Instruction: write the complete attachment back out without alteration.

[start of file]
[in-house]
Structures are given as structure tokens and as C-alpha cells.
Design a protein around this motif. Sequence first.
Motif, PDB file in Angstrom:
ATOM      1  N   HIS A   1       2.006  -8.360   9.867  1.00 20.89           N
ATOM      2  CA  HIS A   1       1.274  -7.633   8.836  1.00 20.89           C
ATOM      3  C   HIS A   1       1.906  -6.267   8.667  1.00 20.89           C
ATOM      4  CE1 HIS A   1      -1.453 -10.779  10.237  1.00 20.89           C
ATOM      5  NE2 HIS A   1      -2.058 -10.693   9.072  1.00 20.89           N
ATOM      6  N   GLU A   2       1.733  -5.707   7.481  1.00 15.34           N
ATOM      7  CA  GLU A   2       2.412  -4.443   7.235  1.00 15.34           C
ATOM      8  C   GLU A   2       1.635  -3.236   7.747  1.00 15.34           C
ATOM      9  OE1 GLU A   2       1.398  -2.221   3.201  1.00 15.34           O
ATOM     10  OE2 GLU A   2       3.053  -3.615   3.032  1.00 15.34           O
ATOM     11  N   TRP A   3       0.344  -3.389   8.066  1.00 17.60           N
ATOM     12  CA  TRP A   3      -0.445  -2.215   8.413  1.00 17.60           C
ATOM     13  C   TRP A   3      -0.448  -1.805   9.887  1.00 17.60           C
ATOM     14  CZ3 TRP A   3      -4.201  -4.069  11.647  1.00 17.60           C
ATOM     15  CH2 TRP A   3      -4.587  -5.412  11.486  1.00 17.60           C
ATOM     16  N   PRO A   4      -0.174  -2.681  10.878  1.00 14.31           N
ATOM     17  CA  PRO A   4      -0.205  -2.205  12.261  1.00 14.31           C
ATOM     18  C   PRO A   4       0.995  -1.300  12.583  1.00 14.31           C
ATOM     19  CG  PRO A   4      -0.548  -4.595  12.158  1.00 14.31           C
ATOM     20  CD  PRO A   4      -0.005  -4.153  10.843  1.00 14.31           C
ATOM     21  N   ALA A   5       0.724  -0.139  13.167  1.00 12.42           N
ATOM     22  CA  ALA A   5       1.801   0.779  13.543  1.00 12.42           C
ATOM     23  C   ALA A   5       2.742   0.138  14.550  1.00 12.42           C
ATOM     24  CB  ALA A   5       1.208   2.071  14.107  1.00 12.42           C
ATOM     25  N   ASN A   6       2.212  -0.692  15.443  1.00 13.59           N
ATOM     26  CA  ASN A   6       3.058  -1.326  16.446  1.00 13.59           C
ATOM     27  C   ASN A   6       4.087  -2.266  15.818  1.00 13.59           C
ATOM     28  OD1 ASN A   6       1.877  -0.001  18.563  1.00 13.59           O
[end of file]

[in-house]
Structures are given as structure tokens and as C-alpha cells.
Design a protein around this motif. Sequence first.
Motif, PDB file in Angstrom:
ATOM      1  N   HIS A   1       2.006  -8.360   9.867  1.00 20.89           N
ATOM      2  CA  HIS A   1       1.274  -7.633   8.836  1.00 20.89           C
ATOM      3  C   HIS A   1       1.906  -6.267   8.667  1.00 20.89           C
ATOM      4  CE1 HIS A   1      -1.453 -10.779  10.237  1.00 20.89           C
ATOM      5  NE2 HIS A   1      -2.058 -10.693   9.072  1.00 20.89           N
ATOM      6  N   GLU A   2       1.733  -5.707   7.481  1.00 15.34           N
ATOM      7  CA  GLU A   2       2.412  -4.443   7.235  1.00 15.34           C
ATOM      8  C   GLU A   2       1.635  -3.236   7.747  1.00 15.34           C
ATOM      9  OE1 GLU A   2       1.398  -2.221   3.201  1.00 15.34           O
ATOM     10  OE2 GLU A   2       3.053  -3.615   3.032  1.00 15.34           O
ATOM     11  N   TRP A   3       0.344  -3.389   8.066  1.00 17.60           N
ATOM     12  CA  TRP A   3      -0.445  -2.215   8.413  1.00 17.60           C
ATOM     13  C   TRP A   3      -0.448  -1.805   9.887  1.00 17.60           C
ATOM     14  CZ3 TRP A   3      -4.201  -4.069  11.647  1.00 17.60           C
ATOM     15  CH2 TRP A   3      -4.587  -5.412  11.486  1.00 17.60           C
ATOM     16  N   PRO A   4      -0.174  -2.681  10.878  1.00 14.31           N
ATOM     17  CA  PRO A   4      -0.205  -2.205  12.261  1.00 14.31           C
ATOM     18  C   PRO A   4       0.995  -1.300  12.583  1.00 14.31           C
ATOM     19  CG  PRO A   4      -0.548  -4.595  12.158  1.00 14.31           C
ATOM     20  CD  PRO A   4      -0.005  -4.153  10.843  1.00 14.31           C
ATOM     21  N   ALA A   5       0.724  -0.139  13.167  1.00 12.42           N
ATOM     22  CA  ALA A   5       1.801   0.779  13.543  1.00 12.42           C
ATOM     23  C   ALA A   5       2.742   0.138  14.550  1.00 12.42           C
ATOM     24  CB  ALA A   5       1.208   2.071  14.107  1.00 12.42           C
ATOM     25  N   ASN A   6       2.212  -0.692  15.443  1.00 13.59           N
ATOM     26  CA  ASN A   6       3.058  -1.326  16.446  1.00 13.59           C
ATOM     27  C   ASN A   6       4.087  -2.266  15.818  1.00 13.59           C
ATOM     28  OD1 ASN A   6       1.877  -0.001  18.563  1.00 13.59           O